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Listed Building

The legal part of the listing is the address/name of site only. All other information in the record is not statutory.


Status: Designated


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  • Category: C
  • Date Added: 04/05/2006


  • Local Authority: Argyll And Bute
  • Planning Authority: Argyll And Bute
  • Parish: Dunoon And Kilmun
  • National Park: Loch Lomond And The Trossachs

National Grid Reference

  • NGRNS 18884 87470
  • Coordinates218884, 687470


Loch Lomond And Trossachs National Park Planning Authority

The ferry house at Ardentinny is a distinctive and notable building, despite its diminutive size. Probably dating from the early 1800s, it is a visible reminder of the importance of Ardentinny as a ferry port until the earlier 19th century. The ferry house, a small rectangular-plan rubble structure, also makes a significant contribution to the streetscape.

This ferry house appears to date to the use of Ardentinny as a ferry point, connecting with Coulport on the opposite side of Loch Long. It is thought to have been used as a waiting place for ferrymen when ferries ran on demand. The route was important in the transfer of fish and supplies from Loch Fyne to Glasgow, served by a new road from Strachur built in c.1805 (Haldane, 1962, 67).

Later, it is likely that the building was also used as a waiting room when passengers were rowed out to the steamer which ran between Lochgoilhead and Dunoon. By the time of the 1st edition OS map there is no mention of a ferry point at Ardentinny.

The ferry house is a simple rectangular-plan structure. To the road it is single-storey with a single entrance reached by two stone steps. To the seaward side there are two openings. The upper one is reached by a modern timber external stair. Below this is a low door which accesses the lower room.

The Ferry House was renovated in recent years, which involved the addition of the external stair and rooflights. At the same time the stone jetty was concreted and extended. It is presently (2004) used for storage by the Ardentinny Outdoor Centre.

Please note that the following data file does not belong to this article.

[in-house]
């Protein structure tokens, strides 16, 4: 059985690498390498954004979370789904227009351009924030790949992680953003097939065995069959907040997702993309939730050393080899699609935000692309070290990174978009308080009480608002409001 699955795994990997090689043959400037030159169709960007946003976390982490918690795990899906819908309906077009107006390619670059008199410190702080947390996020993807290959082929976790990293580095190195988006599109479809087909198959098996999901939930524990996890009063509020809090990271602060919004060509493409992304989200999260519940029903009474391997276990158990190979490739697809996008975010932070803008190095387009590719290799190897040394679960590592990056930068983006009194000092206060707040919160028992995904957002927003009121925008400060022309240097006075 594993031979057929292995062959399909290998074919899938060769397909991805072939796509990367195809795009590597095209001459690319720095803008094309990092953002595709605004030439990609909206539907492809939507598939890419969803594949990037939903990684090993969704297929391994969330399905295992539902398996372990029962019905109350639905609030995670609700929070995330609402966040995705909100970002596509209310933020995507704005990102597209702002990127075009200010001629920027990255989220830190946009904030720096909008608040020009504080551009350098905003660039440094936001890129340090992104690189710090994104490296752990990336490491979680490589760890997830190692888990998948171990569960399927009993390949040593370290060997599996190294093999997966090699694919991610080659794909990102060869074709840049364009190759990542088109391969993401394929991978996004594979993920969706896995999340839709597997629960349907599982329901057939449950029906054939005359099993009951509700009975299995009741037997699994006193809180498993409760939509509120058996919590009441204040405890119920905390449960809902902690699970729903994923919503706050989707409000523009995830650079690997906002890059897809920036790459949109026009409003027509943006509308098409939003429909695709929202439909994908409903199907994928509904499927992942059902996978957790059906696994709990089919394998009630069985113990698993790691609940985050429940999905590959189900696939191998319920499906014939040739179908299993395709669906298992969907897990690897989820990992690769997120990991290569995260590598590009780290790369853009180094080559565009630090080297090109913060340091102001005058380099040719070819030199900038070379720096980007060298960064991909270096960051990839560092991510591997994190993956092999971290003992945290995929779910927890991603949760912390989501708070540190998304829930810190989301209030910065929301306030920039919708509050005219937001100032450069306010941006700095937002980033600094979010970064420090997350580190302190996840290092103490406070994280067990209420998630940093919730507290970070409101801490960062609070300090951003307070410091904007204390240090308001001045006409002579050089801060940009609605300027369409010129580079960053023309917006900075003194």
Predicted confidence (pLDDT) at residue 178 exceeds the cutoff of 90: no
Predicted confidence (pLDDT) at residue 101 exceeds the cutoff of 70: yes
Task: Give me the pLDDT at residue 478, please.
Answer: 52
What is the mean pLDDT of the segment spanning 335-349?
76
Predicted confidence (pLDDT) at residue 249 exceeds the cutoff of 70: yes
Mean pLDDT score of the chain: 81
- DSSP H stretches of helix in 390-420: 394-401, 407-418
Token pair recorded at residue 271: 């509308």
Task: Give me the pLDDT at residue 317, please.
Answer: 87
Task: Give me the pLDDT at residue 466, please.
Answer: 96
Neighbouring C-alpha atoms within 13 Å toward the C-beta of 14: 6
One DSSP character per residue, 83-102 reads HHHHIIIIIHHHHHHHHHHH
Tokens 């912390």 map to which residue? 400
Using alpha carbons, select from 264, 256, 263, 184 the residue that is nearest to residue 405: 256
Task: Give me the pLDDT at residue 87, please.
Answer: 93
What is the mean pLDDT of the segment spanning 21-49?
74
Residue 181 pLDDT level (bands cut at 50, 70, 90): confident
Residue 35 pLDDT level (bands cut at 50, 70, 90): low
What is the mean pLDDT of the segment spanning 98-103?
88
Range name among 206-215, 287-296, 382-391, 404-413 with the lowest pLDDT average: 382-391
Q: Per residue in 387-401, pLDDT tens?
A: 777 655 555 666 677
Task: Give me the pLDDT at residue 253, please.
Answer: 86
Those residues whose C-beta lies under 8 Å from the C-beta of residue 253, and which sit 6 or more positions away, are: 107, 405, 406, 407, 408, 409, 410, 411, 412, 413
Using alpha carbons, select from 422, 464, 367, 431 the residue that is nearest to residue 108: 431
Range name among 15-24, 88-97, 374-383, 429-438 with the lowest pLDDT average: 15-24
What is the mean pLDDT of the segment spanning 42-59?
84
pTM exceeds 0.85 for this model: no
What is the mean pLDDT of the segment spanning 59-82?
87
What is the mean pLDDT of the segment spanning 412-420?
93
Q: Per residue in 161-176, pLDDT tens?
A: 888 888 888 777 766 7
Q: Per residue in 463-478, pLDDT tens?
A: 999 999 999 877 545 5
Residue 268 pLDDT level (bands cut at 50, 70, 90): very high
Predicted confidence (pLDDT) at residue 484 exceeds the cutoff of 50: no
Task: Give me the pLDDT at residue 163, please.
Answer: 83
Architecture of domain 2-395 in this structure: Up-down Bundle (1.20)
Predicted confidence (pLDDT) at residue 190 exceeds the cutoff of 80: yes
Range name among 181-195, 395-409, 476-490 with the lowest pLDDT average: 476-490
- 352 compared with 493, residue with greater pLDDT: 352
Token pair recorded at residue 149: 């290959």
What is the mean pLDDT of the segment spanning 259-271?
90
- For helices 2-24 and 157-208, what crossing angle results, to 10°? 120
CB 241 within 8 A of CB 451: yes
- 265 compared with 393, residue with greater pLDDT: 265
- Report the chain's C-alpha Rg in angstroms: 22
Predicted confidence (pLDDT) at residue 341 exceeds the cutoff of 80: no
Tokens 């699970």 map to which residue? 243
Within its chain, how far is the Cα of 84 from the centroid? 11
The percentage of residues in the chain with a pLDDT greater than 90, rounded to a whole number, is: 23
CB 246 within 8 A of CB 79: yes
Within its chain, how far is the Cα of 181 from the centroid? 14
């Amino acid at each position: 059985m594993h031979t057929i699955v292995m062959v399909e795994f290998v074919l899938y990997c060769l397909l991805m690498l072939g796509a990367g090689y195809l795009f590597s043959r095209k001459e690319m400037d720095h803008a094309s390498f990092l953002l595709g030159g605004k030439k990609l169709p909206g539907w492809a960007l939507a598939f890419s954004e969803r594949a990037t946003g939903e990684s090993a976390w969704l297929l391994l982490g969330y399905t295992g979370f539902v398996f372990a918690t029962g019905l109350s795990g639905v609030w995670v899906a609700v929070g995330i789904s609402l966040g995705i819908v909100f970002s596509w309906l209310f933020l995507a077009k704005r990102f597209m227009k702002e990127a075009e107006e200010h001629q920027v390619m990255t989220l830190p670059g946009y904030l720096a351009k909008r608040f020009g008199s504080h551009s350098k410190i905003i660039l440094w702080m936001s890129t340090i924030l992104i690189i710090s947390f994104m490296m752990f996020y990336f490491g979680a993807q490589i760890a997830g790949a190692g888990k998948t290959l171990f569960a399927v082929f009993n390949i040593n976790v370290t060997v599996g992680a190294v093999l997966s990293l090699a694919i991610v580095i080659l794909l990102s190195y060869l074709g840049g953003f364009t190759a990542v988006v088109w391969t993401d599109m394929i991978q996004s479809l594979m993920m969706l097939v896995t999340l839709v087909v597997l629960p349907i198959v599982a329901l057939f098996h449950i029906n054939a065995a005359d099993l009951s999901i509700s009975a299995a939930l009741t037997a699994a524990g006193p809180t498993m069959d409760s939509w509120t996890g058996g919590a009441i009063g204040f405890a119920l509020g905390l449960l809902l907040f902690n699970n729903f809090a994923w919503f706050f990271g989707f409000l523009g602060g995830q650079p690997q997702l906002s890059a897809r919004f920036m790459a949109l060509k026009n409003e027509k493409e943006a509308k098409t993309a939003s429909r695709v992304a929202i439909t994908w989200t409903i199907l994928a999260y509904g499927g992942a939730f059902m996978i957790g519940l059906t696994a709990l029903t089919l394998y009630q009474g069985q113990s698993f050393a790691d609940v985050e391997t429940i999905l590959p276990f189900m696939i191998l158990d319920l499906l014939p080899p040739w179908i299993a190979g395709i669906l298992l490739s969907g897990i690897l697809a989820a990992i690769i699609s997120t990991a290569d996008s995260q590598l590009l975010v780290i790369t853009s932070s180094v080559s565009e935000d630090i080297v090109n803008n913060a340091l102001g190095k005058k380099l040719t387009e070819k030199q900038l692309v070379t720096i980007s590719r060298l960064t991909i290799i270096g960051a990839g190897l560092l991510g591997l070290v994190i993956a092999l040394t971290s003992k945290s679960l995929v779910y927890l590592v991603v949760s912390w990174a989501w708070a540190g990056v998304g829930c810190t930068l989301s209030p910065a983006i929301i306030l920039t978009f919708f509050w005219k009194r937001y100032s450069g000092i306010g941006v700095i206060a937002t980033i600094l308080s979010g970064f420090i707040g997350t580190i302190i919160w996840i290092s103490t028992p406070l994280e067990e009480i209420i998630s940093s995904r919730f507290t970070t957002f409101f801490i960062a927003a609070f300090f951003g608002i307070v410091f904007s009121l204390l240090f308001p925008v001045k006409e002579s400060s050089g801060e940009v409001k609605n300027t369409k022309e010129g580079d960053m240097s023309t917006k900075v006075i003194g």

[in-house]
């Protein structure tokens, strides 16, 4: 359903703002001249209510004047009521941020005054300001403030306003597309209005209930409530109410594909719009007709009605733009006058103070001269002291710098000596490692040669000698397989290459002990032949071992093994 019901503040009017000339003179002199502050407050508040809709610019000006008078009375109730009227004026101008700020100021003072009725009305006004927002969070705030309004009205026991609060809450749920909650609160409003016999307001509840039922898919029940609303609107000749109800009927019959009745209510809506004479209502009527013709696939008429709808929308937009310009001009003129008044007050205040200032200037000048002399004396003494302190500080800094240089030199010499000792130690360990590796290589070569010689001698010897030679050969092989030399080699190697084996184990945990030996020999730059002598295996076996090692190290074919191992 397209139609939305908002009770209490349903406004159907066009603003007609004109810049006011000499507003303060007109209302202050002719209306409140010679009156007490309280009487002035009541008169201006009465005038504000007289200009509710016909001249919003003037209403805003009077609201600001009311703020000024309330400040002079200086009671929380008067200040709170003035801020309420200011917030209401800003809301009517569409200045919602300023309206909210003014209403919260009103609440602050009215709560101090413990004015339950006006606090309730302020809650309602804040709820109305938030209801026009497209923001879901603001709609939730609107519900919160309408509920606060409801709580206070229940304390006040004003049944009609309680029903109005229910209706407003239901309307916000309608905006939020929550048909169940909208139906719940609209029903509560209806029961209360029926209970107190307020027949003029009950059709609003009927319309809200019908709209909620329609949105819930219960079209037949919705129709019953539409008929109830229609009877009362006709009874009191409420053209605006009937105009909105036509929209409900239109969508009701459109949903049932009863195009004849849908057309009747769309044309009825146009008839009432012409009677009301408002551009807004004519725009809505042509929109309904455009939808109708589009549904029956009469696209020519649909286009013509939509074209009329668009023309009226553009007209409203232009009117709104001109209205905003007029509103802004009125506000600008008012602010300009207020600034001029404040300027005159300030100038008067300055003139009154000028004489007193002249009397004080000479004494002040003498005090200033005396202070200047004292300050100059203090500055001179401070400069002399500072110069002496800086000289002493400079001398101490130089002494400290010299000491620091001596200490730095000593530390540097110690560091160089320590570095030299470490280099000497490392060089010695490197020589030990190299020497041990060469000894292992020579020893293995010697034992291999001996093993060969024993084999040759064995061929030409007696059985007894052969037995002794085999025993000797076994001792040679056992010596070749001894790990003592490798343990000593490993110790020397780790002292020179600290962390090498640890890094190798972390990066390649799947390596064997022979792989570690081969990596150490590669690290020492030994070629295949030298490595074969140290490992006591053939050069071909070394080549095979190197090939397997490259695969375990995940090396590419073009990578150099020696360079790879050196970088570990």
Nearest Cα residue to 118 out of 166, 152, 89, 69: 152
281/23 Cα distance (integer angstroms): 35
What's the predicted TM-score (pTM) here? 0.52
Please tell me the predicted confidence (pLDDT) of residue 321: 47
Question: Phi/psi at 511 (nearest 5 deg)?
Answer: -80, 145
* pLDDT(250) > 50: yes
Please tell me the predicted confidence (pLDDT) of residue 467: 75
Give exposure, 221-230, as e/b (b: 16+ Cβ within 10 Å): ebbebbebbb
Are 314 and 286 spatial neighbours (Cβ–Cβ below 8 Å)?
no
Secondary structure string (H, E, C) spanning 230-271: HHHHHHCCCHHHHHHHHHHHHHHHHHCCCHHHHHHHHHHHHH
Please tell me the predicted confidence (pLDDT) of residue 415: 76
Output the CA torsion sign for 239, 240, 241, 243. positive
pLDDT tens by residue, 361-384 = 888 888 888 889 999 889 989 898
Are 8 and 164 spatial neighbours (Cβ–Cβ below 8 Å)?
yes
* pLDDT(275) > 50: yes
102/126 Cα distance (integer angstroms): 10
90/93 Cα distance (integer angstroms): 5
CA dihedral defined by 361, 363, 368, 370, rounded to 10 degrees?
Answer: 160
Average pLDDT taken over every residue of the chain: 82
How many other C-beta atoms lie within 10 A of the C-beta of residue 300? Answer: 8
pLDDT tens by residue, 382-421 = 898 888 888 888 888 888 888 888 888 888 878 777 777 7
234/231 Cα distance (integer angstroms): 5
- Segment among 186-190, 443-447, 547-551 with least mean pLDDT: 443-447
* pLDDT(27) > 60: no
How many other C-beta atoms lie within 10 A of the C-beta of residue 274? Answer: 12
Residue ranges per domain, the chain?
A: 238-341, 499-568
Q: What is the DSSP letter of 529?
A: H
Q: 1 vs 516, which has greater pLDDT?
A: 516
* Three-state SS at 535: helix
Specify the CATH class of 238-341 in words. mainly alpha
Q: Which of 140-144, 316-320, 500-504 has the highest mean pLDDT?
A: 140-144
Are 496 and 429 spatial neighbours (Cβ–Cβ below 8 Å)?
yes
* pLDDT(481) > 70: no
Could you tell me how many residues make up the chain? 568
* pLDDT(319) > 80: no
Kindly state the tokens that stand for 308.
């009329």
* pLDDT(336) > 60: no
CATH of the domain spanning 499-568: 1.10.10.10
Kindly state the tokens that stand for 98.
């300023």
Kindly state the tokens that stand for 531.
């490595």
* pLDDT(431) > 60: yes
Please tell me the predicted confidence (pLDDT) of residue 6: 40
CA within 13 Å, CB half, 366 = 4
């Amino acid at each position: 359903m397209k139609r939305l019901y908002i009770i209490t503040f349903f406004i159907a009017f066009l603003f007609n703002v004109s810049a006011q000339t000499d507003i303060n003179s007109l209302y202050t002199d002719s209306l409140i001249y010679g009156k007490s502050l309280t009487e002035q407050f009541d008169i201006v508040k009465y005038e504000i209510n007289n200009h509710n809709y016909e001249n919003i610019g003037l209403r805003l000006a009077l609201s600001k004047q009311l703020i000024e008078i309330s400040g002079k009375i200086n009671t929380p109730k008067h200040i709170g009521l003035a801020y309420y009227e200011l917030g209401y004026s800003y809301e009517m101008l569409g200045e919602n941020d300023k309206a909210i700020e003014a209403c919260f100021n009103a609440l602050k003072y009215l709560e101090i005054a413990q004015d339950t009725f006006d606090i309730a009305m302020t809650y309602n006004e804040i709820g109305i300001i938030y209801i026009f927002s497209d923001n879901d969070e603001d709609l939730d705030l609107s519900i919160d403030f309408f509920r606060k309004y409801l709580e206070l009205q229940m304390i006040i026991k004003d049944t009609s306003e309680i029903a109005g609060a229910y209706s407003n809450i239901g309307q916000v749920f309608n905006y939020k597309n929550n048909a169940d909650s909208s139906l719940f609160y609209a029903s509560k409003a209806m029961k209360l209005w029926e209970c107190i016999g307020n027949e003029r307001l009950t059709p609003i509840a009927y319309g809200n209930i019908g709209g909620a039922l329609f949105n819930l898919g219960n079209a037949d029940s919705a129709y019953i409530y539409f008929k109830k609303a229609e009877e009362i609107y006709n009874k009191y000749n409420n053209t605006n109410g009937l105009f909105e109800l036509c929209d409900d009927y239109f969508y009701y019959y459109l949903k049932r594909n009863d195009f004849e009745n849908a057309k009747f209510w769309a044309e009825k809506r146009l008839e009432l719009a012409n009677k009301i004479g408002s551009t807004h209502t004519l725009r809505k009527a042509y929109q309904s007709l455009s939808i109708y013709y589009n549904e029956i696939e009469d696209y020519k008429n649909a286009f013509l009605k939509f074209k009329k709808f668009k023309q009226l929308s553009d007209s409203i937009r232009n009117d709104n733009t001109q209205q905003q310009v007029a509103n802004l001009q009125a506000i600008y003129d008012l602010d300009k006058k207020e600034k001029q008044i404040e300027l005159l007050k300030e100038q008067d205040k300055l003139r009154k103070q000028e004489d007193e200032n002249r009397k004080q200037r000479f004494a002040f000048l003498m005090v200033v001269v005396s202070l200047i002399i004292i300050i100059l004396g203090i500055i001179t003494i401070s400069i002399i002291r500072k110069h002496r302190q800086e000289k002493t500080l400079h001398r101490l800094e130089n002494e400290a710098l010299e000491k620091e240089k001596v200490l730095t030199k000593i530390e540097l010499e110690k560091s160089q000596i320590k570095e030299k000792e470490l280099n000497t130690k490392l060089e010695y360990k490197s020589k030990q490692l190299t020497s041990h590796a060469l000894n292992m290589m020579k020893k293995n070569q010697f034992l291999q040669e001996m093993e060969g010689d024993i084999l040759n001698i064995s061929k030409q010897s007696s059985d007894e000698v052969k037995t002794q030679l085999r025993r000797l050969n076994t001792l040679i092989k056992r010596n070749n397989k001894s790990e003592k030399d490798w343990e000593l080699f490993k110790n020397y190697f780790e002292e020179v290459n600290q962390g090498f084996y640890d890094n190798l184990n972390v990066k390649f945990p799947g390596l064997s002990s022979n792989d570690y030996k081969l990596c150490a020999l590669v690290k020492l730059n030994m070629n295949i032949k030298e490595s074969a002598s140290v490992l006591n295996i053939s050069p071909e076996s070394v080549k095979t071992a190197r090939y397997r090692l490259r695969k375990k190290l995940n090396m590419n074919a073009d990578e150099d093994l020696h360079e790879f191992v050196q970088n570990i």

Materials: stone rubble with cement pointing. Slate roof with overhanging eaves. Stone stacks with modern clay cans.

Statement of Special Interest



Ordnance Survey 1st edition (c1863) and 2nd edition (c1898). Haldane, ARB, New Ways Through The Glens (1962); Walker, FA, Buildings of Scotland: Argyll and Bute (2000), 113; Information courtesy of local resident (2004).

About Designations

Listed Buildings

We list buildings of special architectural or historic interest and these are selected according to criteria published in the, Annex 2, pp74-76.

The information in the listed building record gives an indication of the special architectural or historic interest of the listed building(s). It is not a definitive historical account or a complete description of the building(s). The format of the listed building record has changed over time. Earlier records may be brief and some information will not have been recorded.

Enquiries relating to works to listed buildings should be made to the local authority in the first instance. Listed building consent is required for works which a local authority considers will affect its character as a building of special architectural or historic interest and local authorities also decide if listed building consent is required.

Listing covers both the exterior and the interior. Listing can cover structures not mentioned which are part of the curtilage of the building, such as boundary walls, gates, gatepiers, ancillary buildings etc. The local authority is responsible for advising on what is covered by the listing including the curtilage of a listed building. For information about curtilage see

Legislation introduced on 1 October 2015 allows us to state that: an object or structure fixed to the listed building; any object or structure within the curtilage of the listed building; and, any part or feature of the listed building that is not of architectural or historic interest may be excluded from a listing. If part of your building is not listed under the new legislation, the part will be excluded in the statutory address and in the statement of special interest. The statement will use the word 'excluding' and quote the relevant section of the Historic Environment Scotland Act 2014. Some earlier listed building records may use the word 'excluding', but if the Act is not quoted, the record has not been revised to reflect current legislation.

Find out more about listing and our other designations at